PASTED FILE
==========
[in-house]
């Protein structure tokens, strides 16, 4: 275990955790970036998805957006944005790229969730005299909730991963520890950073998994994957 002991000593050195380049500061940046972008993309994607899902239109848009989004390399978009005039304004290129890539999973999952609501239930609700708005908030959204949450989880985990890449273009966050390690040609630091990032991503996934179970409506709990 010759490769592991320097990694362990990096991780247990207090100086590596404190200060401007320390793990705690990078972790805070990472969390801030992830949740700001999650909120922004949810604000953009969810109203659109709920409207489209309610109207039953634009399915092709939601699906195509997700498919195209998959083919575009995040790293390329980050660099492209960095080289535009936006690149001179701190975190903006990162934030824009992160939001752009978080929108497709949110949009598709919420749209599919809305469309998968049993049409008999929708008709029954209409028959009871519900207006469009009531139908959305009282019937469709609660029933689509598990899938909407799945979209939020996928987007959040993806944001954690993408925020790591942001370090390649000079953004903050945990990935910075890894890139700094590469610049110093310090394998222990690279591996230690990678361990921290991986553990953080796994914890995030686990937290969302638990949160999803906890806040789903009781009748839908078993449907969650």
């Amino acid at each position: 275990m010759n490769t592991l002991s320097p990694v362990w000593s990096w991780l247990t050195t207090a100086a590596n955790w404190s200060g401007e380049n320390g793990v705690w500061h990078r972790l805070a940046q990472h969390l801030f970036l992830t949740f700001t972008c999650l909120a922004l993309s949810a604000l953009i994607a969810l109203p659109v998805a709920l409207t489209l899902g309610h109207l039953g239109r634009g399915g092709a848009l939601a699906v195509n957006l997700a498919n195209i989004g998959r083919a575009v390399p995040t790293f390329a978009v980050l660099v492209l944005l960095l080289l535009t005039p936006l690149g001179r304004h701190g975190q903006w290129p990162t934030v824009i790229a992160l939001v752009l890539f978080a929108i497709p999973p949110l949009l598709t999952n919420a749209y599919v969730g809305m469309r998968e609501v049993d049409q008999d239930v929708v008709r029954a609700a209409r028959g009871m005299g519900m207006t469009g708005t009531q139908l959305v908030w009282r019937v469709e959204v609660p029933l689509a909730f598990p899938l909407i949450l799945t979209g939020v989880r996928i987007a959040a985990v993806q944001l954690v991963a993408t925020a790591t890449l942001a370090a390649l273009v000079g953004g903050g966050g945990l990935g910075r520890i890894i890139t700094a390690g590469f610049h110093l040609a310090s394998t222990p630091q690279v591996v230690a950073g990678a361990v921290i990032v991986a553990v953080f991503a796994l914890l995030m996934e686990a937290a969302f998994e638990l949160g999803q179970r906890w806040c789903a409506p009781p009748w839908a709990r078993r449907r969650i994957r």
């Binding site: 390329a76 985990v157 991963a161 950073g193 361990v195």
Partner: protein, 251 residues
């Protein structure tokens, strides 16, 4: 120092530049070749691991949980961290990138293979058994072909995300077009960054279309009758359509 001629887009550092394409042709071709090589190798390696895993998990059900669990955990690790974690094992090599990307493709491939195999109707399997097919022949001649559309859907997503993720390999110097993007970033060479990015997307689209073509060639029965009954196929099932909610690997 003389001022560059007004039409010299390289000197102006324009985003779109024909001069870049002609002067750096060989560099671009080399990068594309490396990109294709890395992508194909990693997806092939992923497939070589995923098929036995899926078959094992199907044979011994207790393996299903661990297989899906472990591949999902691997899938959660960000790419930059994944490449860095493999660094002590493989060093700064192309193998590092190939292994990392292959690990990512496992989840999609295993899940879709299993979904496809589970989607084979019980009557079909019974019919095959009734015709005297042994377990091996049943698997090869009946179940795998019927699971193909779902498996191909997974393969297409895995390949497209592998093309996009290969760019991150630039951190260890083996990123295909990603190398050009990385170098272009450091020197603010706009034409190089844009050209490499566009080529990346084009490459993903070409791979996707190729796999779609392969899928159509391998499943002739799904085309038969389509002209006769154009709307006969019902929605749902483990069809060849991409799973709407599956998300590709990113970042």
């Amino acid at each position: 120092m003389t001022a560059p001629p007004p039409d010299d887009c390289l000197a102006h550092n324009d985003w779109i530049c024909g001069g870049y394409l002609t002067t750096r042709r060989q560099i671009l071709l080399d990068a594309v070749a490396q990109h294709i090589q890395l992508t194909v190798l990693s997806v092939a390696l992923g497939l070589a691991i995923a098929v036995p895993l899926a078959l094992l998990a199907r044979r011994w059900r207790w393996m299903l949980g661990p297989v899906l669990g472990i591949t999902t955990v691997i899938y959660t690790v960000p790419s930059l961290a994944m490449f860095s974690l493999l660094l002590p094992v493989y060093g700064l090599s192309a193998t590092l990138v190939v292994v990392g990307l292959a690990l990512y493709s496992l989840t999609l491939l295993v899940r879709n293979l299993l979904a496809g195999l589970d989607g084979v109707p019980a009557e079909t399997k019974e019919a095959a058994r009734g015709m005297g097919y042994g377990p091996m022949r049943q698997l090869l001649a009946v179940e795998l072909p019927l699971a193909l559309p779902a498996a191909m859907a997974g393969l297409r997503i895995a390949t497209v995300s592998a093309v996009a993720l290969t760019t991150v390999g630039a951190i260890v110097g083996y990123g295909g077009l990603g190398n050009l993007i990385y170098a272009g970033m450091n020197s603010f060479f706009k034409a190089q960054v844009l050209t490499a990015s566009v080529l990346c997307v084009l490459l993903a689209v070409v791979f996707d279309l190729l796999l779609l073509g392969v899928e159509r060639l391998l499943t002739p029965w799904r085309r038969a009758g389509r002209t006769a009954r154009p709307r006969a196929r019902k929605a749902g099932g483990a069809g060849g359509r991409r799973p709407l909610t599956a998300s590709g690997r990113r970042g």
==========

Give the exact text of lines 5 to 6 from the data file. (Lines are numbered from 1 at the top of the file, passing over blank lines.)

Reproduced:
Partner: protein, 251 residues
């Protein structure tokens, strides 16, 4: 120092530049070749691991949980961290990138293979058994072909995300077009960054279309009758359509 001629887009550092394409042709071709090589190798390696895993998990059900669990955990690790974690094992090599990307493709491939195999109707399997097919022949001649559309859907997503993720390999110097993007970033060479990015997307689209073509060639029965009954196929099932909610690997 003389001022560059007004039409010299390289000197102006324009985003779109024909001069870049002609002067750096060989560099671009080399990068594309490396990109294709890395992508194909990693997806092939992923497939070589995923098929036995899926078959094992199907044979011994207790393996299903661990297989899906472990591949999902691997899938959660960000790419930059994944490449860095493999660094002590493989060093700064192309193998590092190939292994990392292959690990990512496992989840999609295993899940879709299993979904496809589970989607084979019980009557079909019974019919095959009734015709005297042994377990091996049943698997090869009946179940795998019927699971193909779902498996191909997974393969297409895995390949497209592998093309996009290969760019991150630039951190260890083996990123295909990603190398050009990385170098272009450091020197603010706009034409190089844009050209490499566009080529990346084009490459993903070409791979996707190729796999779609392969899928159509391998499943002739799904085309038969389509002209006769154009709307006969019902929605749902483990069809060849991409799973709407599956998300590709990113970042």